Daria lived with her babushka until the diabetic woman became too ill too care for her granddaughter. Daria was eleven.
The rural area in Russia which was home to Daria and her babushka was also home to cows and horses. As a little girl, Daria roamed among her neighbors' large animals. She grew comfortable with them, despite their size and strength. When the young girl had to enter an orphanage, she left behind one of her great loves--farm animals--especially horses.
Before we even left Russia, Daria found ways to make it plain to us that she yearned for contact with horses again. Last night she got her wish.
Daria is now volunteering for an organization called STARS that is just about three miles from us. STARS gives disabled children who are normally so limited by their handicaps, whether mental or physical, the freedom of riding a horse.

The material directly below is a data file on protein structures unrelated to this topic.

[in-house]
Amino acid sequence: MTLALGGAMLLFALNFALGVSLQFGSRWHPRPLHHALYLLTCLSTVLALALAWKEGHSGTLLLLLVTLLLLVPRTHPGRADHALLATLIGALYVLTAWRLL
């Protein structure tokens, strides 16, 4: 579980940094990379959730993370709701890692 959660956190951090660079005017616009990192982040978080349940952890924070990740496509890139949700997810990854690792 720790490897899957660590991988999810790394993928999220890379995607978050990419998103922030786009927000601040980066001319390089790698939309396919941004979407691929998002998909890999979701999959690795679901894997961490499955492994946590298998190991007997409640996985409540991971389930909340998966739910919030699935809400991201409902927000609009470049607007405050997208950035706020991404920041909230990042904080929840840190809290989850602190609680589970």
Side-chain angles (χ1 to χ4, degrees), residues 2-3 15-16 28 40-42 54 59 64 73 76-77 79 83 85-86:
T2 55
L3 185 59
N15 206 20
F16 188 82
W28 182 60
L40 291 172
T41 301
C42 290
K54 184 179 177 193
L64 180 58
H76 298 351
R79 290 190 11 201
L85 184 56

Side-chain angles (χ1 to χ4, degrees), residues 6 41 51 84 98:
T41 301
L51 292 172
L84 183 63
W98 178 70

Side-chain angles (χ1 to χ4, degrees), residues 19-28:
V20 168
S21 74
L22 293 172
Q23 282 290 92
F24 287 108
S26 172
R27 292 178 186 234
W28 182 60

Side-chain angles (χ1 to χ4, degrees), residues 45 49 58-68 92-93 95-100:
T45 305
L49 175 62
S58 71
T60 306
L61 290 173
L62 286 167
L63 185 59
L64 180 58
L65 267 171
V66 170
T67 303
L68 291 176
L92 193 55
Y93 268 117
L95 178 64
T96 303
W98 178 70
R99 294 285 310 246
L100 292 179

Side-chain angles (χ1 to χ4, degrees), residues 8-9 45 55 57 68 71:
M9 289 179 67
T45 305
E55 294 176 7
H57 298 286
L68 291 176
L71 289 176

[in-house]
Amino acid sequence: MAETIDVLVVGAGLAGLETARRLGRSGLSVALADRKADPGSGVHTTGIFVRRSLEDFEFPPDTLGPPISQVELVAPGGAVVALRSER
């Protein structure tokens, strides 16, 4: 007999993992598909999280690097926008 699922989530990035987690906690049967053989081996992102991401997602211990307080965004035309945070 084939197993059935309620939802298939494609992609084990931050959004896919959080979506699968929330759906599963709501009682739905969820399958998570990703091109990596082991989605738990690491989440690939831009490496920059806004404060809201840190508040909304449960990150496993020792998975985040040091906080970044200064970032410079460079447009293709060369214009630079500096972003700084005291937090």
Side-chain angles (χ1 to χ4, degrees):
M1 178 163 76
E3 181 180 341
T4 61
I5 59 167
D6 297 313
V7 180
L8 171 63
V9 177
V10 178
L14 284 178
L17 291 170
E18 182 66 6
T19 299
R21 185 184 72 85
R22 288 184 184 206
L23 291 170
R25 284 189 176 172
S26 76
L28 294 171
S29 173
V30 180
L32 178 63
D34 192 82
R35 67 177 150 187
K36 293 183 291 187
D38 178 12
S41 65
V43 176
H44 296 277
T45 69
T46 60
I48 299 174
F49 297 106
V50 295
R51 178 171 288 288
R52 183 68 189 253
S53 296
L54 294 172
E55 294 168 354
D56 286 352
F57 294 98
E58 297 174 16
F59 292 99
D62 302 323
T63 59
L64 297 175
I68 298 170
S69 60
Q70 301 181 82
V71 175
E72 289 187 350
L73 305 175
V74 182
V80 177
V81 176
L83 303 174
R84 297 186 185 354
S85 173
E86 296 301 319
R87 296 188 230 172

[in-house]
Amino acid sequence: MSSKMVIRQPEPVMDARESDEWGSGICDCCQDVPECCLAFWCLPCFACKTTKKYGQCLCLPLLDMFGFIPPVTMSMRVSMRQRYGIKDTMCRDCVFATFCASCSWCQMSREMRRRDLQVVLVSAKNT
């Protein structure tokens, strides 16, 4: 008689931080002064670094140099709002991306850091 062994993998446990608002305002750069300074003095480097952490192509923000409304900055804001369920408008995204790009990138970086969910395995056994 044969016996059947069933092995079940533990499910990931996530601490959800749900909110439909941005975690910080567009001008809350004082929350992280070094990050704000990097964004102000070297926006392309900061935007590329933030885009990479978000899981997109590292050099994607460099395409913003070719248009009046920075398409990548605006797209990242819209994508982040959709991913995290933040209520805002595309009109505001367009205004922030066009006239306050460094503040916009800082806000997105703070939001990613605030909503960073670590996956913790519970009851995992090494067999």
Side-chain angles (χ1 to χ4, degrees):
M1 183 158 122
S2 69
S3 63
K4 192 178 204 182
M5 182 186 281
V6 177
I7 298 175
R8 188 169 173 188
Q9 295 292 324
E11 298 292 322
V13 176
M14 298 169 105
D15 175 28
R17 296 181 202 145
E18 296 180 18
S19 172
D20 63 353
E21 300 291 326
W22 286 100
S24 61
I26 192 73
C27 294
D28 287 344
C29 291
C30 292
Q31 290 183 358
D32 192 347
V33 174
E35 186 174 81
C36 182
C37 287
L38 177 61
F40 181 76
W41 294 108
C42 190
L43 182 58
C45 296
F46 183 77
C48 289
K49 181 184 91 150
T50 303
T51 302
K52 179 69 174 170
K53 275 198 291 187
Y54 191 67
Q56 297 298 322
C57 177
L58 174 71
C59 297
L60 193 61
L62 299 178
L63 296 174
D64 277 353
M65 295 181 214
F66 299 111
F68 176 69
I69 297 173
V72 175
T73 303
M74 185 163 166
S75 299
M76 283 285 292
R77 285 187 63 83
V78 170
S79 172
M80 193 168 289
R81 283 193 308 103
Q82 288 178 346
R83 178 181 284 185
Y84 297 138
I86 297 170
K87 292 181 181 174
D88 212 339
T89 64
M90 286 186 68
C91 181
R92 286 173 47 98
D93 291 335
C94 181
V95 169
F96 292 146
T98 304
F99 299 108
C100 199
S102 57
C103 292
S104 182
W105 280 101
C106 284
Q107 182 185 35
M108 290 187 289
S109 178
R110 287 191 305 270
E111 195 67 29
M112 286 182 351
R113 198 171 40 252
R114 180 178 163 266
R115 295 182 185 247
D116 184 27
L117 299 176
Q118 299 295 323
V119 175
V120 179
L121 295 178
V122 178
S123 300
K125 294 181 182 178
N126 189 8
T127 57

The STARS "campus" is down right pastoral. Rolling green hills are the background for its red buildings, numerous horses and farm cats.
When a rider arrives at STARS each week, she is required to find her helmet hanging on a hook in the barn. Then she is helped onto the same horse each time. The animal waits patiently next to a ramp during the process. Below the little girl Daria would be helping is mounting "Brownie" by backing onto the horse then swinging around.
Once I knew Daria's rider had mounted, I went outside to watch for them to exit the barn. I had a feline companion during my wait.
When Daria's team emerged, she was on the far side of Brownie.
One of Daria's responsibilities was to help her rider maintain her balance with what STARS calls an "Arm over Leg" hold.
In this photo, Daria's team is the second from the right. The kids are just about to do pole weaving.
All in all, I think the evening was as theraputic for Daria as it was for her happy horse-rider!